Working on the Homesick Blues

Why should researchers study homesickness? Is it really a topic worth scientific investigation? After all, homesickness is part of normal life, something that probably nearly everyone experiences at least a little bit, when leaving home for longer periods. And homesickness is not a separate “official” category of mental disorder in the DSM system (American Psychiatric Association, 2013), like the related phenomena of Separation Anxiety or Adjustment Disorder. These may seem persuasive points against studying homesickness, but nevertheless I can think of a variety of reasons why one should study it, and why I do!

Importantly, homesickness is associated with detrimental consequences for mental and physical health, for example, it is associated with anxiety and depression, as well as with appetite changes, gastrointestinal difficulties, and immune deficiencies (cf., Stroebe, Schut, & Nauta, 2015a). For me, this is a major impetus to scientific investigation. Moreover, severely homesick students drop out of college more frequently than their non-affected counterparts, academic concentration is poorer, and some researchers have found that even grades are lower.

“homesickness is associated with detrimental consequences for mental and physical health”

Despite these negative effects of homesickness on health and well-being, my colleague Maaike Nauta of the University of Groningen, my colleague Henk Schut of Utrecht University, and I discovered that there was no recent, comprehensive overview. Thus, we were keen to review the studies of homesickness ourselves. As reported in our review published in the Review of General Psychology (Stroebe et al., 2015a), while establishing the associations between homesickness and wellbeing illustrated above, we discovered a “flaw”, as we saw it, in many of the empirical approaches: Phenomena associated with separation from home – the essence of homesickness – were frequently mingled with phenomena associated with adjustment to a new place (to give credit: there were a few notable exceptions, c.f., Thurber, 1999; Vingerhoets, 2005).

Since this meant that we could not get a good handle on the correlates, risk and protective factors, and consequences of homesickness per se, we developed a theoretical model to guide future research. This model will shortly appear in Clinical Psychological Science (Stroebe, Schut, & Nauta, 2015b) and is based on a narrow definition of homesickness as a “mini-grief”: “a negative emotional state primarily due to separation from home and attachment persons, characterized by longing for and preoccupation with home, and often with difficulties adjusting to the new place”.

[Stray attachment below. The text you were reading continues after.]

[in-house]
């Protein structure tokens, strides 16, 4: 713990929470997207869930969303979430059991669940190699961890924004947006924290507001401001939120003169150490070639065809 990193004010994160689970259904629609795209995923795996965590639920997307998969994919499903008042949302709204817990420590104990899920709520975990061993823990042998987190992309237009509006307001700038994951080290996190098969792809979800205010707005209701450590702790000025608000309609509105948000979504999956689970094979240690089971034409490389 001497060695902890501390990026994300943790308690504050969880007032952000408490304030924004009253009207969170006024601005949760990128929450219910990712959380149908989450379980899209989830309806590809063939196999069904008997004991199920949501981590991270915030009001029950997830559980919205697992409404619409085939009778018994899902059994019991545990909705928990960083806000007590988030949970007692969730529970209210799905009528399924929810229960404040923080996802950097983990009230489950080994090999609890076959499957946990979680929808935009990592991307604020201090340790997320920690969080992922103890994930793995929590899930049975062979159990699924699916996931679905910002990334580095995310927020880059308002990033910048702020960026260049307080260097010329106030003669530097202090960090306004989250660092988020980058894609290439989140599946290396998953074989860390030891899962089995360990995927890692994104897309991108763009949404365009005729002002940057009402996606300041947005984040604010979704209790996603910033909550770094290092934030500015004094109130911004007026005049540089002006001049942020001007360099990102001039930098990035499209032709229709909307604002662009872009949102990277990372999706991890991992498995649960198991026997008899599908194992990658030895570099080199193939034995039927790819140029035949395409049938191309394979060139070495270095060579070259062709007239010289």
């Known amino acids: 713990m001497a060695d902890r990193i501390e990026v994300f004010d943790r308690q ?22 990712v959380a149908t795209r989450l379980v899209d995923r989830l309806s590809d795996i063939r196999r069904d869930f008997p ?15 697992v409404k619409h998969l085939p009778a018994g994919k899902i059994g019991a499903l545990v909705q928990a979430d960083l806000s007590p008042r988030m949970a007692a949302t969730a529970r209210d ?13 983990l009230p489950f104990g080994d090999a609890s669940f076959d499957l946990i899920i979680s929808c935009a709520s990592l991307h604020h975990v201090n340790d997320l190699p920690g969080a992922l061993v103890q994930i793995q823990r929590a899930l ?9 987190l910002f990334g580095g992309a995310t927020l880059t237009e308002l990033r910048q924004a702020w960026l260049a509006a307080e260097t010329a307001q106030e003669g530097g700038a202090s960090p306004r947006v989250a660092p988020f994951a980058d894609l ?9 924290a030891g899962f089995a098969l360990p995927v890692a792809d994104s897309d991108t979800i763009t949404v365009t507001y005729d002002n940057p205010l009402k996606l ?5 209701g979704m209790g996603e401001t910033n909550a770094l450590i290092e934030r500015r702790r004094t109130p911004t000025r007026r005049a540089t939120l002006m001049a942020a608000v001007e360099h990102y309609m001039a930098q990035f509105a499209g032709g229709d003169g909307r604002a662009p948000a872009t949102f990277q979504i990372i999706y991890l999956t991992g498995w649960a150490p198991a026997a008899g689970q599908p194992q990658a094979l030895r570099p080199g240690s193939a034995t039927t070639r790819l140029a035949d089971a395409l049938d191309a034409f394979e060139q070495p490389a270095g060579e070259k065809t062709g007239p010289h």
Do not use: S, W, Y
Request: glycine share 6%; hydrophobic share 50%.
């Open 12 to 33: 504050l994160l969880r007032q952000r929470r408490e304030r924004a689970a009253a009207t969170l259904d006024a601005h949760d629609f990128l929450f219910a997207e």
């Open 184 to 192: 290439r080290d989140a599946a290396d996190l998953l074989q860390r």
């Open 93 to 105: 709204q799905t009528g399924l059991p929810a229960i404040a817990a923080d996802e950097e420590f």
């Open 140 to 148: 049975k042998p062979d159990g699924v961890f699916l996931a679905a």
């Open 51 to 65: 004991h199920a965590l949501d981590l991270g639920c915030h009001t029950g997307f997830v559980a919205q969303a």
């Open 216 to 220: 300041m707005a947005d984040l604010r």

“homesickness as a “mini-grief””

Of course my fascination with homesickness neither started nor stops with reviewing the literature and proposing a new model. Homesickness remains a puzzling phenomenon, and puzzles are food for academic thought: For instance (this example is from firsthand experience), why should one student who relocates from her home a few kilometers down the road to a university campus suffer so much that she has to return home, while another student, from a distant country, with no chance to visit home within the academic year, would slip happily into college life, making friends and performing outstandingly-well academically? There is no simple answer, despite what we now know about risk (e.g., insecure attachment) and protective (e.g., physical activity and distractive coping) factors.

I can think of another motivation for studying homesickness. It’s sometimes asserted that psychologists work on topics reflecting their own problems and yes, maybe that was a driving force: One of my earliest memories at around the age of 3 (cf. Ineke Wessel’s blog post!), was of being desperately homesick when taken camping by our housekeeper (She had to bring me home, ashen-white and skinnier, a few days later). Admittedly, my Mother’s memories and reports are surely mixed with my own (Ineke would make sure we realize that). Nevertheless, I have a strong visual image of the dreadful campsite (where Mother was not!), and a clear memory that I was the one to demand to go camping, totally ignorant of the fact that I’d be miserably homesick.

“homesickness is something students can relate to”